Southern Man

Saturday, July 30, 2011

How Broke Are We?

Hat tip to this post by Dan Spencer at RedState, who calls himself a California Yankee but manages to make a lot of sense nonetheless. Some of the figures in the paragraph below are his.
Imagine a family of four in which the breadwinners bring home $50,000 per year. Unfortunately, they spent $79,000 last year and are on track to spend $86,000 this year. Incredibly, cutting back their "discretionary" spending won't balance their budget; their fixed payments alone exceed their income. They already have $330,000 in credit-card debt and have promised the two children that they'll eventually collect about a quarter million dollars in benefits. Each.
Now Southern Man asks four questions:
What would it take for this family balance their budget?
What would be required to sustain their current lifestyle indefinitely?
How can this family pay off their current debt?
How can this family make good on the promises made to their children?
This is (obviously) a scaled-down description of the state of our current national finances, similar to many floating about the 'net and many liberals argue that it is a poor analogy. We'll knock these arguments down one by one, beginning with this post on Political Animal, where the claim is that borrowing during hard times is fine and that you make up for it when the economy improves. Unfortunately, that hasn't been the pattern; the government borrows in both bad times and good. When families take on debt, they typically have a plan for repaying that debt; the government pays interest on debt but never principal. It is also argued that we can grow our way out of debt. Again, history shows otherwise; federal revenue rises, but spending rises more. Liberals gripe about the Reagen-era deficits without mentioning that in those eight years federal revenue very nearly doubled. You can't grow your way out of debt if you increase your spending at the same rate or more as your increases in revenue.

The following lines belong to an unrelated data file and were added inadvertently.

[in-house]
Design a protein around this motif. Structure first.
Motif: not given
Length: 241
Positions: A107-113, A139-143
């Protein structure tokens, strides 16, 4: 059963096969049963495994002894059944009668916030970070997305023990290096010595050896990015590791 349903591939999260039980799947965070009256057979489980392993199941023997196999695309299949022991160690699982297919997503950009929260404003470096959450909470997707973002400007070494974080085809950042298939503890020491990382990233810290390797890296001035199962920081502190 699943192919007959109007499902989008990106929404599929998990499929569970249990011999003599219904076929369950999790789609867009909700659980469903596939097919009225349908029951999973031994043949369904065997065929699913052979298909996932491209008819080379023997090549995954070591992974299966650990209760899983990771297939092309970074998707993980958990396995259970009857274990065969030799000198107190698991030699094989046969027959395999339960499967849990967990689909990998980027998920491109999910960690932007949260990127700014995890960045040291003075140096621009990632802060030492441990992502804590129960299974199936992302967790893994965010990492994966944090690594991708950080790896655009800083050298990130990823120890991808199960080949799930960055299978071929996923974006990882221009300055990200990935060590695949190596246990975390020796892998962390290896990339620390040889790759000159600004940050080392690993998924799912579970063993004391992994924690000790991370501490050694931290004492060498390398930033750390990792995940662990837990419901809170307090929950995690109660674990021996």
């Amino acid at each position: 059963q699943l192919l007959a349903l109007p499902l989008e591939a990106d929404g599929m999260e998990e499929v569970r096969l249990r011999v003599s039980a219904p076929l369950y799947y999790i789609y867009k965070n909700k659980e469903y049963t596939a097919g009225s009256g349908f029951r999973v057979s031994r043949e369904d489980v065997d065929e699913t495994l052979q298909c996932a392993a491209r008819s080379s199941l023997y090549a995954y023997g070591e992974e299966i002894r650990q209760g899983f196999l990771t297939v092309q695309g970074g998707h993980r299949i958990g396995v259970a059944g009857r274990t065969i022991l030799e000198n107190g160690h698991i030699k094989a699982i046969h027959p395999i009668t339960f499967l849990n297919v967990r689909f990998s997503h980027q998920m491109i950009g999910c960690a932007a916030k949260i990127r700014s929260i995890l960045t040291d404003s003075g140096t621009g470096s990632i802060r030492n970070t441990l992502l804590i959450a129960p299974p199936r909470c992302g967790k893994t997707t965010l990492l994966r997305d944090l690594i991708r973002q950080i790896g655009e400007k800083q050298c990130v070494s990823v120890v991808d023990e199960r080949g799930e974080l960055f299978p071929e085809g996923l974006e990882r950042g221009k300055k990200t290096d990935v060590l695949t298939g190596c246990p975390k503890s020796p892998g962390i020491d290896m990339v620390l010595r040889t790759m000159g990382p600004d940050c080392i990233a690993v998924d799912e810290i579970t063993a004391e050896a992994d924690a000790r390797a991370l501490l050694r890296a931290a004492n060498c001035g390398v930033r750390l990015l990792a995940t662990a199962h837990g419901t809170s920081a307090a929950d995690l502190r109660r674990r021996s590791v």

In this article at the Boston Globe Jesse Singhal calls the household analogy "inane" and scoffs at the notion that "at a time when so many families are struggling, it's only fair that the government should cut aid to struggling families." Jesse, if the forty-year War On Poverty has taught us anything at all, it is You Get What You Pay For. Government assistance has created a permanent welfare class, which requires permanent government assistance, which creates what the Democrats so dearly love, a growing population who can be counted upon to check the D box in every election. Not to mention the beloved Democrat notion of "fairness," which usually entails taking from one group (wage-earners, entrepreneurs,business owners, and other non-Democrats) and giving to another (Democrats or potential Democrats).